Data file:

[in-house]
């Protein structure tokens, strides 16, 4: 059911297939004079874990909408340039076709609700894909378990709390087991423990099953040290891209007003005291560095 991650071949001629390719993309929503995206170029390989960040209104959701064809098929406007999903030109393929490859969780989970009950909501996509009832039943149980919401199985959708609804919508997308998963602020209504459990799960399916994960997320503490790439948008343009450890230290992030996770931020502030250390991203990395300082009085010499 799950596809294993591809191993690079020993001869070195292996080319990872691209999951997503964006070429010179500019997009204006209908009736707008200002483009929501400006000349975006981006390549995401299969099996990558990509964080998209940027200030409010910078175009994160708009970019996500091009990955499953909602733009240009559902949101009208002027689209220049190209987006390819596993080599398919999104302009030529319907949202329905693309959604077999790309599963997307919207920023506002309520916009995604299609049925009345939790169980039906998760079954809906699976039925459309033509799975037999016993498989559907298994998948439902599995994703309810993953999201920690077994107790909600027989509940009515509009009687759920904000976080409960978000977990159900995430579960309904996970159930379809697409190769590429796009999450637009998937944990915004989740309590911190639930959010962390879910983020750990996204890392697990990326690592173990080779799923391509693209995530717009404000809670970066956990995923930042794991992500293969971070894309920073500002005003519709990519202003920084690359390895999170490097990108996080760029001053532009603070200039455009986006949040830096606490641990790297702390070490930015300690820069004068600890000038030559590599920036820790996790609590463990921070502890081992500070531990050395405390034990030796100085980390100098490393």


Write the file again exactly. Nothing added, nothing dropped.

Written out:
[in-house]
């Protein structure tokens, strides 16, 4: 059911297939004079874990909408340039076709609700894909378990709390087991423990099953040290891209007003005291560095 991650071949001629390719993309929503995206170029390989960040209104959701064809098929406007999903030109393929490859969780989970009950909501996509009832039943149980919401199985959708609804919508997308998963602020209504459990799960399916994960997320503490790439948008343009450890230290992030996770931020502030250390991203990395300082009085010499 799950596809294993591809191993690079020993001869070195292996080319990872691209999951997503964006070429010179500019997009204006209908009736707008200002483009929501400006000349975006981006390549995401299969099996990558990509964080998209940027200030409010910078175009994160708009970019996500091009990955499953909602733009240009559902949101009208002027689209220049190209987006390819596993080599398919999104302009030529319907949202329905693309959604077999790309599963997307919207920023506002309520916009995604299609049925009345939790169980039906998760079954809906699976039925459309033509799975037999016993498989559907298994998948439902599995994703309810993953999201920690077994107790909600027989509940009515509009009687759920904000976080409960978000977990159900995430579960309904996970159930379809697409190769590429796009999450637009998937944990915004989740309590911190639930959010962390879910983020750990996204890392697990990326690592173990080779799923391509693209995530717009404000809670970066956990995923930042794991992500293969971070894309920073500002005003519709990519202003920084690359390895999170490097990108996080760029001053532009603070200039455009986006949040830096606490641990790297702390070490930015300690820069004068600890000038030559590599920036820790996790609590463990921070502890081992500070531990050395405390034990030796100085980390100098490393």